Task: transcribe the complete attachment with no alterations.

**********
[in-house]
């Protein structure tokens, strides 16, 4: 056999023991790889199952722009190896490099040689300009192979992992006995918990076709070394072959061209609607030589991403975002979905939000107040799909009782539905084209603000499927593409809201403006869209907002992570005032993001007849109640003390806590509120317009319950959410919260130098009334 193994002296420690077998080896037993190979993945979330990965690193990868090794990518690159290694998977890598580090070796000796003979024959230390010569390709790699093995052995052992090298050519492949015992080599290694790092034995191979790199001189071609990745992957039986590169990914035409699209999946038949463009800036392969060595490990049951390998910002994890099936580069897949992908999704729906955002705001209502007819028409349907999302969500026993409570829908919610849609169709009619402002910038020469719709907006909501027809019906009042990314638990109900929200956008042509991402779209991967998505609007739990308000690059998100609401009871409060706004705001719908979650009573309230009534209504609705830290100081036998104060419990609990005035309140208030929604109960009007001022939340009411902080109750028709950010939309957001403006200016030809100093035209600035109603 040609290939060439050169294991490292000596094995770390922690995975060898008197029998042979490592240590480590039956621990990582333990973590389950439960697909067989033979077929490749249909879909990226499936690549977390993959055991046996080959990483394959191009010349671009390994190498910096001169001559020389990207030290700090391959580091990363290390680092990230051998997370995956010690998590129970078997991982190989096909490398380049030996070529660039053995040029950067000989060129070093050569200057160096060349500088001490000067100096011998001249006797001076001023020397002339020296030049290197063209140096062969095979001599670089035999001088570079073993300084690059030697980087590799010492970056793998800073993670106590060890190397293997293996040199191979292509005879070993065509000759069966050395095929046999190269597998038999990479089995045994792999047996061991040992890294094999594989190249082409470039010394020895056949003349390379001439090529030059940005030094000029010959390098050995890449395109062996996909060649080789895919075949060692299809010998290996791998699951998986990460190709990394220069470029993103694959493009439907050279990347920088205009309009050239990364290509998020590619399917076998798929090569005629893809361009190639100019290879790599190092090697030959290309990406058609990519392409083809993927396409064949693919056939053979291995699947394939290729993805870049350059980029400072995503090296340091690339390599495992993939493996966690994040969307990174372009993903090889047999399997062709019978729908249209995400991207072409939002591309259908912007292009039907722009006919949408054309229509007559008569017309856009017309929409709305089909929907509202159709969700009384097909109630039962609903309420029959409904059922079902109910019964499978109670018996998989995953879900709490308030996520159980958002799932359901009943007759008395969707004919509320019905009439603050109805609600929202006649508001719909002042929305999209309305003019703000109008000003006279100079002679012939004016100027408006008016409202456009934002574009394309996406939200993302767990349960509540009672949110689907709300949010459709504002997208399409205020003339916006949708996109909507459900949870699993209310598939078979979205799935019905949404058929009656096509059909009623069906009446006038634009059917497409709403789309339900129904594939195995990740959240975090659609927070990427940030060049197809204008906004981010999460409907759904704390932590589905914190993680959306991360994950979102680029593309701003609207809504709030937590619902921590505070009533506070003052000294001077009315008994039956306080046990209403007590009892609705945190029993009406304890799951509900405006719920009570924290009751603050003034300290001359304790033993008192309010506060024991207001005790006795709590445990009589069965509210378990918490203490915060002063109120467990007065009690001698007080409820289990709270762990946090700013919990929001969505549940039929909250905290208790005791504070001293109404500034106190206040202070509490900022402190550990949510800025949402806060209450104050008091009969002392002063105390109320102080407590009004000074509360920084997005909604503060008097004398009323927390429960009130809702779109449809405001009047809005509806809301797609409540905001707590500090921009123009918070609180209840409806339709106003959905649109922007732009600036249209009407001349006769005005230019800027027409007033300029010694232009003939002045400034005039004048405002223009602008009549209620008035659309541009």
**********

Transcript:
[in-house]
């Protein structure tokens, strides 16, 4: 056999023991790889199952722009190896490099040689300009192979992992006995918990076709070394072959061209609607030589991403975002979905939000107040799909009782539905084209603000499927593409809201403006869209907002992570005032993001007849109640003390806590509120317009319950959410919260130098009334 193994002296420690077998080896037993190979993945979330990965690193990868090794990518690159290694998977890598580090070796000796003979024959230390010569390709790699093995052995052992090298050519492949015992080599290694790092034995191979790199001189071609990745992957039986590169990914035409699209999946038949463009800036392969060595490990049951390998910002994890099936580069897949992908999704729906955002705001209502007819028409349907999302969500026993409570829908919610849609169709009619402002910038020469719709907006909501027809019906009042990314638990109900929200956008042509991402779209991967998505609007739990308000690059998100609401009871409060706004705001719908979650009573309230009534209504609705830290100081036998104060419990609990005035309140208030929604109960009007001022939340009411902080109750028709950010939309957001403006200016030809100093035209600035109603 040609290939060439050169294991490292000596094995770390922690995975060898008197029998042979490592240590480590039956621990990582333990973590389950439960697909067989033979077929490749249909879909990226499936690549977390993959055991046996080959990483394959191009010349671009390994190498910096001169001559020389990207030290700090391959580091990363290390680092990230051998997370995956010690998590129970078997991982190989096909490398380049030996070529660039053995040029950067000989060129070093050569200057160096060349500088001490000067100096011998001249006797001076001023020397002339020296030049290197063209140096062969095979001599670089035999001088570079073993300084690059030697980087590799010492970056793998800073993670106590060890190397293997293996040199191979292509005879070993065509000759069966050395095929046999190269597998038999990479089995045994792999047996061991040992890294094999594989190249082409470039010394020895056949003349390379001439090529030059940005030094000029010959390098050995890449395109062996996909060649080789895919075949060692299809010998290996791998699951998986990460190709990394220069470029993103694959493009439907050279990347920088205009309009050239990364290509998020590619399917076998798929090569005629893809361009190639100019290879790599190092090697030959290309990406058609990519392409083809993927396409064949693919056939053979291995699947394939290729993805870049350059980029400072995503090296340091690339390599495992993939493996966690994040969307990174372009993903090889047999399997062709019978729908249209995400991207072409939002591309259908912007292009039907722009006919949408054309229509007559008569017309856009017309929409709305089909929907509202159709969700009384097909109630039962609903309420029959409904059922079902109910019964499978109670018996998989995953879900709490308030996520159980958002799932359901009943007759008395969707004919509320019905009439603050109805609600929202006649508001719909002042929305999209309305003019703000109008000003006279100079002679012939004016100027408006008016409202456009934002574009394309996406939200993302767990349960509540009672949110689907709300949010459709504002997208399409205020003339916006949708996109909507459900949870699993209310598939078979979205799935019905949404058929009656096509059909009623069906009446006038634009059917497409709403789309339900129904594939195995990740959240975090659609927070990427940030060049197809204008906004981010999460409907759904704390932590589905914190993680959306991360994950979102680029593309701003609207809504709030937590619902921590505070009533506070003052000294001077009315008994039956306080046990209403007590009892609705945190029993009406304890799951509900405006719920009570924290009751603050003034300290001359304790033993008192309010506060024991207001005790006795709590445990009589069965509210378990918490203490915060002063109120467990007065009690001698007080409820289990709270762990946090700013919990929001969505549940039929909250905290208790005791504070001293109404500034106190206040202070509490900022402190550990949510800025949402806060209450104050008091009969002392002063105390109320102080407590009004000074509360920084997005909604503060008097004398009323927390429960009130809702779109449809405001009047809005509806809301797609409540905001707590500090921009123009918070609180209840409806339709106003959905649109922007732009600036249209009407001349006769005005230019800027027409007033300029010694232009003939002045400034005039004048405002223009602008009549209620008035659309541009």